5. Conflicting State and local priorities can make partnering with State DOTs a challenge. Both TJPDC and H-GAC did not partner with their State DOTs, and expressed that incorporating the Eco-Logical approach was not a priority for State DOT staff. Grant recipients stated that State DOTs lacked an understanding of the Eco-Logical approach and their role in collaboration on Eco-Logical projects.
  6. Reiterating the link between Eco-Logical and the signatory agency Division, Region, and District Offices throughout the country assists in developing cooperation and partnership. H-GAC brought copies of the original Eco-Logical document to meetings with signatory agency local offices and emphasized their agency's commitment to this approach. Tying the local or regional product back to the national agency objectives assisted in creating favorable relationships with the division offices.
  7. Increasing the responsibility of project partners expands these partners' understanding of the Eco-Logical project as well as improves their constituents' support. Working groups and their members can play many roles, ranging from advisory to task- and action-based. Including partners in planning and public outreach in addition to decisionmaking can increase their understanding and commitment to the project. Colorado DOT included stakeholders on selection committees for consultants and contractors. After these experiences, stakeholders had more realistic expectations of how the project would be carried out and the time frame in which it could be completed. They were then responsible for speaking at local meetings about the project. Residents and constituents learned about projects in their region from trusted, familiar representatives.

Organizational Leadership and Adoption

The Eco-Logical approach represents a shift from the traditional transportation planning, project delivery, and mitigation processes, and adopting the Eco-Logical approach can involve a significant change in organizational practices. The grant recipients shared both obstacles to and successful tactics for adopting Eco-Logical in their organizations.

  1. Senior management buy-in of Eco-Logical is crucial at all organizations, but management's engagement in the Eco-Logical process may vary based on the size of the organization. Supportive senior-level management can allocate staff and financial resources to the development and implementation of Eco-Logical projects. Small MPOs are heavily driven by the Executive Director. TJPDC has a small staff, and the Executive Director spearheads the Eco-Logical project. If he were to leave, the future of the project would be at the discretion of the incoming Executive Director. At larger organizations, it is important for senior management to approve and be aware of Eco-Logical project work, while they may not be involved in the day-to-day development and execution of the projects.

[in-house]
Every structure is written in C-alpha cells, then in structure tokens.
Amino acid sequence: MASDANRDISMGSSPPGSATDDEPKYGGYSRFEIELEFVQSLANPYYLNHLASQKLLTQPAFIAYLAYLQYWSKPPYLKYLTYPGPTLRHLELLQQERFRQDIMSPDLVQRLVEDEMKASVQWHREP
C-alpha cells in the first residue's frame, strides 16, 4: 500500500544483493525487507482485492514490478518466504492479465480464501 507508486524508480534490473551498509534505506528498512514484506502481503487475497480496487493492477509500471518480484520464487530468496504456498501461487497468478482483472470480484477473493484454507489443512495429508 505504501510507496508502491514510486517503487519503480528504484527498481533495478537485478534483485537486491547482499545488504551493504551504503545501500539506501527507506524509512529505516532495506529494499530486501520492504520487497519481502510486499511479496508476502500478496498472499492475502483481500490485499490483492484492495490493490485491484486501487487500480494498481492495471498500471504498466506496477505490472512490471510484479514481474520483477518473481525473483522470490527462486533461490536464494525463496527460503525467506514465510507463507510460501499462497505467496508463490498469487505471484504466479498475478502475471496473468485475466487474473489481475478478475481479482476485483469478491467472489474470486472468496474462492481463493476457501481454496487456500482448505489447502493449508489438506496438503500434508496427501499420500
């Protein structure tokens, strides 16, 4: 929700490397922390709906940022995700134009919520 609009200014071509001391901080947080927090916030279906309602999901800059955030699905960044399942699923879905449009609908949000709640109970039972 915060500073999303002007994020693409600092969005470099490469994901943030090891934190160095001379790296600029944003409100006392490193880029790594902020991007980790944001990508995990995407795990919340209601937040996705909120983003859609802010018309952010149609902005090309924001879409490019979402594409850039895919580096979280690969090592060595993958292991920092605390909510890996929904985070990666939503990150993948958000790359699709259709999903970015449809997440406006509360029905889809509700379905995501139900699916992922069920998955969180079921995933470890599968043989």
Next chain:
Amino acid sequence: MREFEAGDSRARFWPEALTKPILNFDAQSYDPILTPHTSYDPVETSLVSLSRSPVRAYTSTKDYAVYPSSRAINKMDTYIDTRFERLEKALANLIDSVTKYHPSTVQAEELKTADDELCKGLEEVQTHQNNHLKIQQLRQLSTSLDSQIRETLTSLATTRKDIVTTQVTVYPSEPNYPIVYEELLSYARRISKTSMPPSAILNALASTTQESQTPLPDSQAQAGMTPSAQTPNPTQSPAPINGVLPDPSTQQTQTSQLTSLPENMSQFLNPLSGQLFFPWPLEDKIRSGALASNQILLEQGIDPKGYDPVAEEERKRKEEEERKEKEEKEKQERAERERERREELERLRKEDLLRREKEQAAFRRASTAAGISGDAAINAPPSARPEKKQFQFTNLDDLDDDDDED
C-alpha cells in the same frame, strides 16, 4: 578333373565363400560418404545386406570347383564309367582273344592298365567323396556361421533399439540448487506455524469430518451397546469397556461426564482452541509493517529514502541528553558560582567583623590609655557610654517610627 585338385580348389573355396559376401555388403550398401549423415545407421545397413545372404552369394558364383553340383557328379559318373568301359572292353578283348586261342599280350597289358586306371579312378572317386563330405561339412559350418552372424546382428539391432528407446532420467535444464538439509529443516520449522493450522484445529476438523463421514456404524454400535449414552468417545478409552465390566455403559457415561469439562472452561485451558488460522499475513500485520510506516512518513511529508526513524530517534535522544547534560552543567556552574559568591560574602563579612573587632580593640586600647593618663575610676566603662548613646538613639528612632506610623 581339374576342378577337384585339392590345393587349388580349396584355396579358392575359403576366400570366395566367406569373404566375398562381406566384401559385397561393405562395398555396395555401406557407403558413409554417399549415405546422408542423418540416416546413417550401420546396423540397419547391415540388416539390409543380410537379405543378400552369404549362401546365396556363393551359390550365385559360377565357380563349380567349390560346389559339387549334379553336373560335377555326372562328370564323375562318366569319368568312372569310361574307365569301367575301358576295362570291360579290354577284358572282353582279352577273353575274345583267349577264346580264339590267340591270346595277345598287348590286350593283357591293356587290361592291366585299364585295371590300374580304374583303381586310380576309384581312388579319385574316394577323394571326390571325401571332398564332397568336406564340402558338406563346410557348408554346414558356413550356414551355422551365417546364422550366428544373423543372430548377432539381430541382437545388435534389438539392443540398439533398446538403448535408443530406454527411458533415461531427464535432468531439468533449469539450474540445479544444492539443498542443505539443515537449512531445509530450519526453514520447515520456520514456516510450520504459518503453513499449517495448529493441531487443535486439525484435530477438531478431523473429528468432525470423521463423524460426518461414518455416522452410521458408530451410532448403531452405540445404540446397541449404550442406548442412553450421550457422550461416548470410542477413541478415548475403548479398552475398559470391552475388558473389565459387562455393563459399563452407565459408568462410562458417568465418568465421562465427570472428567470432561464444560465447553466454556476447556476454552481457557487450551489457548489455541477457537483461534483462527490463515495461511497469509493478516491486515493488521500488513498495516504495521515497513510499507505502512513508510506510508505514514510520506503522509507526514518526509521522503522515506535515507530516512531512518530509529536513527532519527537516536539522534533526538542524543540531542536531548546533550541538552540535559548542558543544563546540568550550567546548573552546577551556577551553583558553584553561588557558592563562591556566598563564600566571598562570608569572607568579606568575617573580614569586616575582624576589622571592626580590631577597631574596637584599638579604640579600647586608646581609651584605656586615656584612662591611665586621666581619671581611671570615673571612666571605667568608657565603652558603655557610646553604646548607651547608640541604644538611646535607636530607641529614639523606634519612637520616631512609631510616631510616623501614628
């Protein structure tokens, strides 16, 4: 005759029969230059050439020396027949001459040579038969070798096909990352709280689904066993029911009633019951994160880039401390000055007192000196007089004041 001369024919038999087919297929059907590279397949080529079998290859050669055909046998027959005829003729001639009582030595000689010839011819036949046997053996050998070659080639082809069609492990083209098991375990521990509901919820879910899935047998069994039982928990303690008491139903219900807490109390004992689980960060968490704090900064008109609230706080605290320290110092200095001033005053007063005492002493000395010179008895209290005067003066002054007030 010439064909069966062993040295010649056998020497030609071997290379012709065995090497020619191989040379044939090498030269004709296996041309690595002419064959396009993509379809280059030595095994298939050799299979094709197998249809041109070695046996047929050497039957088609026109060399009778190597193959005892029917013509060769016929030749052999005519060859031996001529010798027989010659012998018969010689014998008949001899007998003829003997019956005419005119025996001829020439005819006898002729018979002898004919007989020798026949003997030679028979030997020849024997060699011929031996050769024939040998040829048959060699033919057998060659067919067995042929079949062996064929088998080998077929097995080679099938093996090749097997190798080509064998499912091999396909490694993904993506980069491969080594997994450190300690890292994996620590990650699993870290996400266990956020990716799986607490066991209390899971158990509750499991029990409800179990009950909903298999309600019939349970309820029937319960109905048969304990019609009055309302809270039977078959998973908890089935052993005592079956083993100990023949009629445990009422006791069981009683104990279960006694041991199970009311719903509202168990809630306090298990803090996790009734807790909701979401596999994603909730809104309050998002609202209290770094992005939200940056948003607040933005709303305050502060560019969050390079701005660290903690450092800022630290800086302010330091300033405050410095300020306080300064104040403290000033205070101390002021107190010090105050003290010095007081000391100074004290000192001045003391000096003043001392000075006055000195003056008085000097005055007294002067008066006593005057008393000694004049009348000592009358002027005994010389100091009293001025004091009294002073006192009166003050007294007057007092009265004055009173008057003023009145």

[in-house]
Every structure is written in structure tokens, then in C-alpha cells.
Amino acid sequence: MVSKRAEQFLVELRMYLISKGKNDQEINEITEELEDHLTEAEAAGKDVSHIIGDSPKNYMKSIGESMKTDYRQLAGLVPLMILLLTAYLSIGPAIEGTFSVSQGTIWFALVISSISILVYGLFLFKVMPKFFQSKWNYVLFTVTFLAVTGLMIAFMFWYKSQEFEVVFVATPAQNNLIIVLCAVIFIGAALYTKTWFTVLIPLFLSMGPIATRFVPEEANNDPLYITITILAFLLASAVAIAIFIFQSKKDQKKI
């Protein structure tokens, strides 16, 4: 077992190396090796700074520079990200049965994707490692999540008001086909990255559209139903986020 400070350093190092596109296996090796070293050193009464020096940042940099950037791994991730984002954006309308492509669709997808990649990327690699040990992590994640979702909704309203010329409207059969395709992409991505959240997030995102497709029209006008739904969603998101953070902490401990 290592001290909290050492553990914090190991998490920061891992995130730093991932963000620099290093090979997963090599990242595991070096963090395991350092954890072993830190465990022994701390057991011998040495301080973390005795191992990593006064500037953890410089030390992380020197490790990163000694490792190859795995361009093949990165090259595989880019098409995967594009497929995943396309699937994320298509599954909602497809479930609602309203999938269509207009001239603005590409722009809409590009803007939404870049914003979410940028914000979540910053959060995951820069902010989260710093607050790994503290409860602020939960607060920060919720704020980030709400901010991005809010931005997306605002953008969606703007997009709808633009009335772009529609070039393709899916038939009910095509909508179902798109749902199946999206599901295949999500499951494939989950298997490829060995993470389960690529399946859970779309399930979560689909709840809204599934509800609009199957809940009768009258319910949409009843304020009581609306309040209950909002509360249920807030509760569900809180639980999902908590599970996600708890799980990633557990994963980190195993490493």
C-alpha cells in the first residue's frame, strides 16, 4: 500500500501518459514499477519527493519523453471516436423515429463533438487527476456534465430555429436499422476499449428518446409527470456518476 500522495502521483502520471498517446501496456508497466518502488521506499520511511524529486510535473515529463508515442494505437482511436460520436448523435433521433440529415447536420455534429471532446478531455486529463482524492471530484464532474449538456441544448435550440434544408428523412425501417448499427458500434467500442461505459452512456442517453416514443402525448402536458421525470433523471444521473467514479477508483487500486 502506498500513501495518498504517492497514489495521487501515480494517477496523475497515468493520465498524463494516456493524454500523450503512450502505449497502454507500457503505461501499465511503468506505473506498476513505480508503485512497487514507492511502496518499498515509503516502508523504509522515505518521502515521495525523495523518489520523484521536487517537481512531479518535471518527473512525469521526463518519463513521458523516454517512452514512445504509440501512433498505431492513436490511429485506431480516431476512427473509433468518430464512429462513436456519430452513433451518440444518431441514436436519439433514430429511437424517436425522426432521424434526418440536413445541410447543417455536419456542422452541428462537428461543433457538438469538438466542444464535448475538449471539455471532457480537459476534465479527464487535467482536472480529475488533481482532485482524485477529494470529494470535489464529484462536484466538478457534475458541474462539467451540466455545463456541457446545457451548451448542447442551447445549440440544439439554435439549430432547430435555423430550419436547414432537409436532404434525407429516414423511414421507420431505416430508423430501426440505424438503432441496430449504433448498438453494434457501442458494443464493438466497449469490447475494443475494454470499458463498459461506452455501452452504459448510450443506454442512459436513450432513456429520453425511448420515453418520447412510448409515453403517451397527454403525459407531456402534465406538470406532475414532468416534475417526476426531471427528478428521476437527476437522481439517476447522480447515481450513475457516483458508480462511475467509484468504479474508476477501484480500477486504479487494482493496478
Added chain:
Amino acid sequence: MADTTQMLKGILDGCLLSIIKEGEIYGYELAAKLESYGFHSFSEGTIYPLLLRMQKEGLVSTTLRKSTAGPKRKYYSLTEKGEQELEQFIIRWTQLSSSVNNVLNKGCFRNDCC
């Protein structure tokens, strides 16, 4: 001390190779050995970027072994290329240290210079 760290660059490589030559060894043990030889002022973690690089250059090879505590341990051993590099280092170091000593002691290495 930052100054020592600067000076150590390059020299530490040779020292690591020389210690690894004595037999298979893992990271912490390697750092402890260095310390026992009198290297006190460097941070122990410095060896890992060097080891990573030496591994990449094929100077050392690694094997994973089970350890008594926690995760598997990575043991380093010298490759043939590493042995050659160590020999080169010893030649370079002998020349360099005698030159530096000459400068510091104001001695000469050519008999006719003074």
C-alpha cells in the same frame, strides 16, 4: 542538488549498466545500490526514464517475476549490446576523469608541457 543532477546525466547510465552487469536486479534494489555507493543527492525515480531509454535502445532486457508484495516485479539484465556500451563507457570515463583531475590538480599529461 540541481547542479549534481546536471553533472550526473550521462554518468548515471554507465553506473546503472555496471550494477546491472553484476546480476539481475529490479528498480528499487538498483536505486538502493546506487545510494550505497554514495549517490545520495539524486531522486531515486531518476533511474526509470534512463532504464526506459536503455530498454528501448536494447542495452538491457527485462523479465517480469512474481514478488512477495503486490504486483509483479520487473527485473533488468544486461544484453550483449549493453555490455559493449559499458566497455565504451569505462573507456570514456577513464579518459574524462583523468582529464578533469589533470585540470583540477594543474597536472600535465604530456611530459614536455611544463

2. To gain leadership support and endorsement for the Eco-Logical approach, grant recipients tailored their promotion of Eco-Logical to match the priorities of their organizations and regions. Eco-Logical is an ecosystem approach to developing infrastructure, but has benefits beyond decreasing the environmental impact of a transportation project. Presenting the Eco-Logical approach as a cost and time saving technique can garner widespread support. While Colorado DOT successfully advocated the environmental value of Eco-Logical to its partners and management, other grant recipients focused their promotion of Eco-Logical on the economic and job creation benefits of the approach.
  3. Gaining support for Eco-Logical by local public leaders is important. It is important for agencies and organizations implementing Eco-Logical to seek support and buy in from local leaders to ensure they understand the value of this approach.
  4. The Eco-Logical approach promotes transparent, data-based decisionmaking. It is easier to garner support for a decision with quantitative backing than one without a comprehensive rationale behind the decisionmaking. Using an Eco-Logical tool for transportation project prioritization can increase the transparency of the decisionmaking process. TJPDC emphasized that planning decisions must be increasingly validated by data, and that Eco-Logical tools provide readable, data-rich support.

Transportation Outcomes and Next Steps